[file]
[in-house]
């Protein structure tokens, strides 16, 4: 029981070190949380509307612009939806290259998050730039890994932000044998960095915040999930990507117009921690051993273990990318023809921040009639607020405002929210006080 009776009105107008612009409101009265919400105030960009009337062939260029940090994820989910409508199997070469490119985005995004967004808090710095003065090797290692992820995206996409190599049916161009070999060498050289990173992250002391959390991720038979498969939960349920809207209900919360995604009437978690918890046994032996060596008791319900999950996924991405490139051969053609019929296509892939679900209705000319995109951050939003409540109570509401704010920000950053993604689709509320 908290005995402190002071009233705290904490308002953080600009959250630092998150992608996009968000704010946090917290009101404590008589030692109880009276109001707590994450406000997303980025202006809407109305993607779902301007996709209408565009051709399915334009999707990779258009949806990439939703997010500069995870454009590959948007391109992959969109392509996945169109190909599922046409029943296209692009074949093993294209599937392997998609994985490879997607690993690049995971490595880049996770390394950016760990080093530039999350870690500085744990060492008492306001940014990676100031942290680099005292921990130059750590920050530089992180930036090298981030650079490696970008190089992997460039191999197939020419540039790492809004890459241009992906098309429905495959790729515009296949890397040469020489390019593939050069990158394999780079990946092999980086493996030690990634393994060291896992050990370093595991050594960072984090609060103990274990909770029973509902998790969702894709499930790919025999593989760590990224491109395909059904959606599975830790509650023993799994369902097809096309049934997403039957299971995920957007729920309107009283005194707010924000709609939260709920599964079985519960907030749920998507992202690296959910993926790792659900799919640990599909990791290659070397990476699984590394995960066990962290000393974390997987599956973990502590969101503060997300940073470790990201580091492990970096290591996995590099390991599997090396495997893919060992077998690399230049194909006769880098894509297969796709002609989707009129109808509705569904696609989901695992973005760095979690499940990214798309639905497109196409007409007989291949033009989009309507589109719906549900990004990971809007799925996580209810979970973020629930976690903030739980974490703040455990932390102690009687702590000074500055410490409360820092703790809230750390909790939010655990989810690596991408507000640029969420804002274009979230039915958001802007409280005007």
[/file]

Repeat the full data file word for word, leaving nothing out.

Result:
[in-house]
């Protein structure tokens, strides 16, 4: 029981070190949380509307612009939806290259998050730039890994932000044998960095915040999930990507117009921690051993273990990318023809921040009639607020405002929210006080 009776009105107008612009409101009265919400105030960009009337062939260029940090994820989910409508199997070469490119985005995004967004808090710095003065090797290692992820995206996409190599049916161009070999060498050289990173992250002391959390991720038979498969939960349920809207209900919360995604009437978690918890046994032996060596008791319900999950996924991405490139051969053609019929296509892939679900209705000319995109951050939003409540109570509401704010920000950053993604689709509320 908290005995402190002071009233705290904490308002953080600009959250630092998150992608996009968000704010946090917290009101404590008589030692109880009276109001707590994450406000997303980025202006809407109305993607779902301007996709209408565009051709399915334009999707990779258009949806990439939703997010500069995870454009590959948007391109992959969109392509996945169109190909599922046409029943296209692009074949093993294209599937392997998609994985490879997607690993690049995971490595880049996770390394950016760990080093530039999350870690500085744990060492008492306001940014990676100031942290680099005292921990130059750590920050530089992180930036090298981030650079490696970008190089992997460039191999197939020419540039790492809004890459241009992906098309429905495959790729515009296949890397040469020489390019593939050069990158394999780079990946092999980086493996030690990634393994060291896992050990370093595991050594960072984090609060103990274990909770029973509902998790969702894709499930790919025999593989760590990224491109395909059904959606599975830790509650023993799994369902097809096309049934997403039957299971995920957007729920309107009283005194707010924000709609939260709920599964079985519960907030749920998507992202690296959910993926790792659900799919640990599909990791290659070397990476699984590394995960066990962290000393974390997987599956973990502590969101503060997300940073470790990201580091492990970096290591996995590099390991599997090396495997893919060992077998690399230049194909006769880098894509297969796709002609989707009129109808509705569904696609989901695992973005760095979690499940990214798309639905497109196409007409007989291949033009989009309507589109719906549900990004990971809007799925996580209810979970973020629930976690903030739980974490703040455990932390102690009687702590000074500055410490409360820092703790809230750390909790939010655990989810690596991408507000640029969420804002274009979230039915958001802007409280005007």